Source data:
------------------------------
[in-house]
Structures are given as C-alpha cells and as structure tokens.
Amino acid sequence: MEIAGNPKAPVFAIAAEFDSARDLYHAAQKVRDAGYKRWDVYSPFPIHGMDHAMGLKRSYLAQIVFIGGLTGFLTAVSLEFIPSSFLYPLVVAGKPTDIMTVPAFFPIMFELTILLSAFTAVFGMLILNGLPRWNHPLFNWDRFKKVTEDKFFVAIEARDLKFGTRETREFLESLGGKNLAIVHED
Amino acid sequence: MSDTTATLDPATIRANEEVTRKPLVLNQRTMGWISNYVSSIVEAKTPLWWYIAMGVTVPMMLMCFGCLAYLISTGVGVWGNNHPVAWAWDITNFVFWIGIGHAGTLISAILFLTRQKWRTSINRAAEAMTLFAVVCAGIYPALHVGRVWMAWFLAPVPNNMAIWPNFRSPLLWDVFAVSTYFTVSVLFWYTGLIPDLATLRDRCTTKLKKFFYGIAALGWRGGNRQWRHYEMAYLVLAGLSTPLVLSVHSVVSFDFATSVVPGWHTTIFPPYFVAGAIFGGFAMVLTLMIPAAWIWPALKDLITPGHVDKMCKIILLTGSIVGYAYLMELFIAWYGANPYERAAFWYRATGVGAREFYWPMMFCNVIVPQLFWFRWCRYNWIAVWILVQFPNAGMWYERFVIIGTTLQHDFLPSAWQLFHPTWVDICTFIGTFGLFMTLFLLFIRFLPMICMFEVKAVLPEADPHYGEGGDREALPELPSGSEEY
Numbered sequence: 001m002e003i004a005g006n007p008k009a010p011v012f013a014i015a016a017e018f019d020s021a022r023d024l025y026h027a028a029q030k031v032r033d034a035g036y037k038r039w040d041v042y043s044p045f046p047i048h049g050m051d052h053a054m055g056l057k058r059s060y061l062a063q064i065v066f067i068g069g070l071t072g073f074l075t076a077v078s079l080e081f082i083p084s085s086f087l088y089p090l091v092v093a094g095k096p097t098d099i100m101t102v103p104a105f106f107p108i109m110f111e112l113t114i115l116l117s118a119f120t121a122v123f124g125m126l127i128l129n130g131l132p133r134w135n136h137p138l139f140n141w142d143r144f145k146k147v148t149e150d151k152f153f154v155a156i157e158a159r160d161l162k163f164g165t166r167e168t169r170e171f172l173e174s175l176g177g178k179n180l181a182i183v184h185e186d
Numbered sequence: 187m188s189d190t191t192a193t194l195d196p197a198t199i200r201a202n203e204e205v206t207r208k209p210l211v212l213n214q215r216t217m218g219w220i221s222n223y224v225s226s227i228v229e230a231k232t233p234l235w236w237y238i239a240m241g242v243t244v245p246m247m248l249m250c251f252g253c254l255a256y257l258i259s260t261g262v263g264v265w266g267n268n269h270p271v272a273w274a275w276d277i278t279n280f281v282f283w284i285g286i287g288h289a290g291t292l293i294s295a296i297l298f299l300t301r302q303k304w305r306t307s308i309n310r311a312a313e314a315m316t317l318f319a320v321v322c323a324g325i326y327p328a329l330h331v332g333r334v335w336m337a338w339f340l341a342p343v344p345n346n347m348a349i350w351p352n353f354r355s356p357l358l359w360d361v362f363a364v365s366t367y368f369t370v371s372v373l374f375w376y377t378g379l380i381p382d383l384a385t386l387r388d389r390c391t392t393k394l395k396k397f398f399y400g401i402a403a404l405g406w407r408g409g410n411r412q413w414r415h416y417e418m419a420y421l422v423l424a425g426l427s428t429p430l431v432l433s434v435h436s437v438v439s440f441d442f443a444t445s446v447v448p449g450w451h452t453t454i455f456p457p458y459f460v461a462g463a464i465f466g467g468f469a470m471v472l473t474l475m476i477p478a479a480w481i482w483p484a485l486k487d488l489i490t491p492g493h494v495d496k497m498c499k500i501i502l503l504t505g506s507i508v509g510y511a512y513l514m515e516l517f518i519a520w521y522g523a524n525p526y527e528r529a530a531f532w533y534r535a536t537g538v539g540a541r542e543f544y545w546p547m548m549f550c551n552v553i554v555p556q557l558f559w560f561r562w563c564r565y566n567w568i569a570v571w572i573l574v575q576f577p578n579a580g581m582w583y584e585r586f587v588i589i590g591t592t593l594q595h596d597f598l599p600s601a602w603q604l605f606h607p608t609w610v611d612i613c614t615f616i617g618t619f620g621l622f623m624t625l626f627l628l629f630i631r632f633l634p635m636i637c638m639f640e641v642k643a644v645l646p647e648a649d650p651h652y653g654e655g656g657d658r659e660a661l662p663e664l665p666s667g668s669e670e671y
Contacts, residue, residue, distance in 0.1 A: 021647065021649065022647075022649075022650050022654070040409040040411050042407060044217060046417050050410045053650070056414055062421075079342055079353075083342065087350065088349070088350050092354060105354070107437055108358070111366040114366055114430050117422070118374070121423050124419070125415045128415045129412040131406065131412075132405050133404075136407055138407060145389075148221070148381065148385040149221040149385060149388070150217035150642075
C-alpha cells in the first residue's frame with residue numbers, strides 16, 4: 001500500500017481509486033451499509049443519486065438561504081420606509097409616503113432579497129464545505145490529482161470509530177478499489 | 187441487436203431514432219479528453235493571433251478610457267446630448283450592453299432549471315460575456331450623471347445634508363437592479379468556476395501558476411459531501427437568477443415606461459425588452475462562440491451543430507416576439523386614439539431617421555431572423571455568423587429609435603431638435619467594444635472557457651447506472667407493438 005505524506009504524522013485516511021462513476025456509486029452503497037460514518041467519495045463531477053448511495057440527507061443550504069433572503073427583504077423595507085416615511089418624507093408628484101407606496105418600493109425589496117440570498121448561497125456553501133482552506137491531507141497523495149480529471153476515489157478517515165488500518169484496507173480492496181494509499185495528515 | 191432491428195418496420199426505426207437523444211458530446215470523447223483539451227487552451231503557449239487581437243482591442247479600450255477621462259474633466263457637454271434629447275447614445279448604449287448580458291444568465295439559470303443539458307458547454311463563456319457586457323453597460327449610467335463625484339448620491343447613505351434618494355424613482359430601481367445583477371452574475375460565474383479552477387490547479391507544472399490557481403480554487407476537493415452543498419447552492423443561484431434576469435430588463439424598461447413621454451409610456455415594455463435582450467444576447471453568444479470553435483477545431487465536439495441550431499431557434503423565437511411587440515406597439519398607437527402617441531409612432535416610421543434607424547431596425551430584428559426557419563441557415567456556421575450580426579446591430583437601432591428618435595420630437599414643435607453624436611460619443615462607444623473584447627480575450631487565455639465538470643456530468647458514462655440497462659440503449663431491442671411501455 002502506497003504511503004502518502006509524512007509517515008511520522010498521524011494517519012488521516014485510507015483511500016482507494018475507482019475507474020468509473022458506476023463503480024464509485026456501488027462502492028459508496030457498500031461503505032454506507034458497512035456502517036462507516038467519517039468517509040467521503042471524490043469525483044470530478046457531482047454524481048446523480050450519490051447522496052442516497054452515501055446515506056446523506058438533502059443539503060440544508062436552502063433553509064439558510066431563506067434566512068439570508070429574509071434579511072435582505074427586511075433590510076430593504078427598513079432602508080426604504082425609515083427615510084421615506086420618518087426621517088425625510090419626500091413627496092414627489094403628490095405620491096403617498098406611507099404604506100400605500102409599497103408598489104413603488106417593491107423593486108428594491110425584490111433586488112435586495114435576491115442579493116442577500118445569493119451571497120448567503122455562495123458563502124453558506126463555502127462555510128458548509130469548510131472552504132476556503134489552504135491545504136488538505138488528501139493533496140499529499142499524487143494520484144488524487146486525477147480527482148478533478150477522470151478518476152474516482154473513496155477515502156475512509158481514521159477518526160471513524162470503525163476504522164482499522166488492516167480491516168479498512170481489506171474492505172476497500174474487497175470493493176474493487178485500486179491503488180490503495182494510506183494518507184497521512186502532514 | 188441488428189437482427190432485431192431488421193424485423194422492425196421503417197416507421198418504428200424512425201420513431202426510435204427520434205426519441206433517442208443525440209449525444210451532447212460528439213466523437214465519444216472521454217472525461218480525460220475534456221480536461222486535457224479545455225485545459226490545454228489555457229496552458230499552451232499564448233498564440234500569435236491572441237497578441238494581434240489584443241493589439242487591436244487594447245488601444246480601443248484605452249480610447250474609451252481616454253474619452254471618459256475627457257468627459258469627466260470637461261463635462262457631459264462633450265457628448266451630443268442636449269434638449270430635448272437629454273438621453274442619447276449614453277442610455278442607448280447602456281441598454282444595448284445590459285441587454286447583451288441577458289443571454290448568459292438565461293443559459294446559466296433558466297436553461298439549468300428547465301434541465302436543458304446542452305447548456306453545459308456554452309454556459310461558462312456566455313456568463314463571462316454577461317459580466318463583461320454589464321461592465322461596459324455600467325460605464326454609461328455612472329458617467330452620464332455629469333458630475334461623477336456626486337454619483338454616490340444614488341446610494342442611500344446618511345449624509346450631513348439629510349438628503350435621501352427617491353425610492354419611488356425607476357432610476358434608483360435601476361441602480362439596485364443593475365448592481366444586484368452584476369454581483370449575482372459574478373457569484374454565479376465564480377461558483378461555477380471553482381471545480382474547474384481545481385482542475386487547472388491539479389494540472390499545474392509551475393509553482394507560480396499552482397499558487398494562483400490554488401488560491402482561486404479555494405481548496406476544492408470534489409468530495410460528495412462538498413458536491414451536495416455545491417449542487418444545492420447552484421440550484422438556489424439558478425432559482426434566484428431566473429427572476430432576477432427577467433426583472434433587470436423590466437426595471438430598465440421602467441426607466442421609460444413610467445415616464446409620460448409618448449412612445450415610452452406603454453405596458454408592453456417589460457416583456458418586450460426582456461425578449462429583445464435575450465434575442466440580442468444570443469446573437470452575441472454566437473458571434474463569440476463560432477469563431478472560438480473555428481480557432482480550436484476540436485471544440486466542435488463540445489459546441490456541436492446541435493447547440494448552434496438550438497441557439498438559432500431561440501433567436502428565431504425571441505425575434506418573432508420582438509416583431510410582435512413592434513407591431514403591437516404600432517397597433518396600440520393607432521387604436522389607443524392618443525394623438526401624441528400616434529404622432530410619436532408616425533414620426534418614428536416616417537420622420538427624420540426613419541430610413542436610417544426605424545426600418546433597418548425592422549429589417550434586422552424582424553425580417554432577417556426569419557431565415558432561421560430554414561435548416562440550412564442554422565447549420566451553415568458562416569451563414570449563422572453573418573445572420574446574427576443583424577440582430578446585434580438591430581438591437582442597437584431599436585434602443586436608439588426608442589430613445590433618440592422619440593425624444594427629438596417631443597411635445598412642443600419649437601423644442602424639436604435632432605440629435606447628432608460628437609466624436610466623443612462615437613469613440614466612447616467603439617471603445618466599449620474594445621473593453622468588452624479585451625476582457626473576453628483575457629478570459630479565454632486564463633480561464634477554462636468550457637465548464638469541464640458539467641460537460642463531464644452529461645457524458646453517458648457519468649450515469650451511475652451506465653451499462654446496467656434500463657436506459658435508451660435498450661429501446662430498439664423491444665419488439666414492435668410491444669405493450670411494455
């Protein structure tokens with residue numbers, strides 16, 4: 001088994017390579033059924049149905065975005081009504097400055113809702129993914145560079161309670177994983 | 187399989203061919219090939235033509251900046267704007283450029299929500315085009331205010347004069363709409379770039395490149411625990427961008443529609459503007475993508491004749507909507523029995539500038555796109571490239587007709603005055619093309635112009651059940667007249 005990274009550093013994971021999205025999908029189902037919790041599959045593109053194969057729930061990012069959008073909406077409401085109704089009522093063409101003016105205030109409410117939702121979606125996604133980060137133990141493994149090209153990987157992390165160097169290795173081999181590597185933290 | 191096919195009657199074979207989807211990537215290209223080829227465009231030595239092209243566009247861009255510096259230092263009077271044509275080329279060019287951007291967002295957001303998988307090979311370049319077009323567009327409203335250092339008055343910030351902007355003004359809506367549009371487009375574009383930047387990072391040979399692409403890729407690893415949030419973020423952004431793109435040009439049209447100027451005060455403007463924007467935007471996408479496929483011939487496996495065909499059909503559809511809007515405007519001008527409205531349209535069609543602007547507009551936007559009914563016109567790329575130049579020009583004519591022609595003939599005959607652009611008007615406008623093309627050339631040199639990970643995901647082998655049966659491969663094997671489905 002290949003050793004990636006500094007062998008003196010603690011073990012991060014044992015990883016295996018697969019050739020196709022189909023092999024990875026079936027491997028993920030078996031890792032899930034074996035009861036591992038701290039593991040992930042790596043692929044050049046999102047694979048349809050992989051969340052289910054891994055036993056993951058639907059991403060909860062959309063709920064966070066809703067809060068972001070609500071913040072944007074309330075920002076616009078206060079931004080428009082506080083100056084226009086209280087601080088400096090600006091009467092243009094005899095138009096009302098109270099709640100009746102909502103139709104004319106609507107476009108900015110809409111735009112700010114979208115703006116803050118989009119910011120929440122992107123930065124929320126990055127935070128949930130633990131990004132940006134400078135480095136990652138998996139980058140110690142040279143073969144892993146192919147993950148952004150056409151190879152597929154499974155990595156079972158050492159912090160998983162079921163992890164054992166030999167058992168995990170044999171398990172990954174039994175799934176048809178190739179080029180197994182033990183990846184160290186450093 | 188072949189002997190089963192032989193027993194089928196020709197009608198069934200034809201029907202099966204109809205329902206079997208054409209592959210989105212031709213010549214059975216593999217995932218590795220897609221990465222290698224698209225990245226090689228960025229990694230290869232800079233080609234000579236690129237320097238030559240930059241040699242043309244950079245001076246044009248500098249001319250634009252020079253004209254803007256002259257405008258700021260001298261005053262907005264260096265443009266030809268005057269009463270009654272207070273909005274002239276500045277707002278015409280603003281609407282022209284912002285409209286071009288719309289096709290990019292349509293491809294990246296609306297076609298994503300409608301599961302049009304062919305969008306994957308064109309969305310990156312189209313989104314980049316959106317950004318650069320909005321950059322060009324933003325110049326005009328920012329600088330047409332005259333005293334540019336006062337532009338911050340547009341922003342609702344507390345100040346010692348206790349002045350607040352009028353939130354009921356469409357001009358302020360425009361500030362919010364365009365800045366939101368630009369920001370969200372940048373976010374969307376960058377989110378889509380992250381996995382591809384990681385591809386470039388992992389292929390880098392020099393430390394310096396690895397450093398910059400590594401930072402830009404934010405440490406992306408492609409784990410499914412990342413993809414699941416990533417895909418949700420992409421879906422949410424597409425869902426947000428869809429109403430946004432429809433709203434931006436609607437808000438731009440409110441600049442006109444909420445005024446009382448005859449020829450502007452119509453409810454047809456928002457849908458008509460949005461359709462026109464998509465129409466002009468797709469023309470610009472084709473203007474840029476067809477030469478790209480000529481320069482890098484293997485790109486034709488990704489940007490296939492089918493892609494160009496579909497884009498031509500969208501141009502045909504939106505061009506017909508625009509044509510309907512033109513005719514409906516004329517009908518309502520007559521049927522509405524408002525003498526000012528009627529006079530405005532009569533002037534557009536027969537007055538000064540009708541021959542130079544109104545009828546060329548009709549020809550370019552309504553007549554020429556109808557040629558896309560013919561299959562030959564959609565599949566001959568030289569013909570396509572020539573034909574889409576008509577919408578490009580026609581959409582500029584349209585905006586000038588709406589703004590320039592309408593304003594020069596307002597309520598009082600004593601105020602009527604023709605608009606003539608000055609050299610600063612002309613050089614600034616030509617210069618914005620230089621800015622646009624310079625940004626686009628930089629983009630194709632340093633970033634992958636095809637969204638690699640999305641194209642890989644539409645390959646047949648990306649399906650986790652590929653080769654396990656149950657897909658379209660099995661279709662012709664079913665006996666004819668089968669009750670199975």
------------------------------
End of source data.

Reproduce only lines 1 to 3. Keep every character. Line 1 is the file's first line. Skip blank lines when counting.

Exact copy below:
[in-house]
Structures are given as C-alpha cells and as structure tokens.
Amino acid sequence: MEIAGNPKAPVFAIAAEFDSARDLYHAAQKVRDAGYKRWDVYSPFPIHGMDHAMGLKRSYLAQIVFIGGLTGFLTAVSLEFIPSSFLYPLVVAGKPTDIMTVPAFFPIMFELTILLSAFTAVFGMLILNGLPRWNHPLFNWDRFKKVTEDKFFVAIEARDLKFGTRETREFLESLGGKNLAIVHED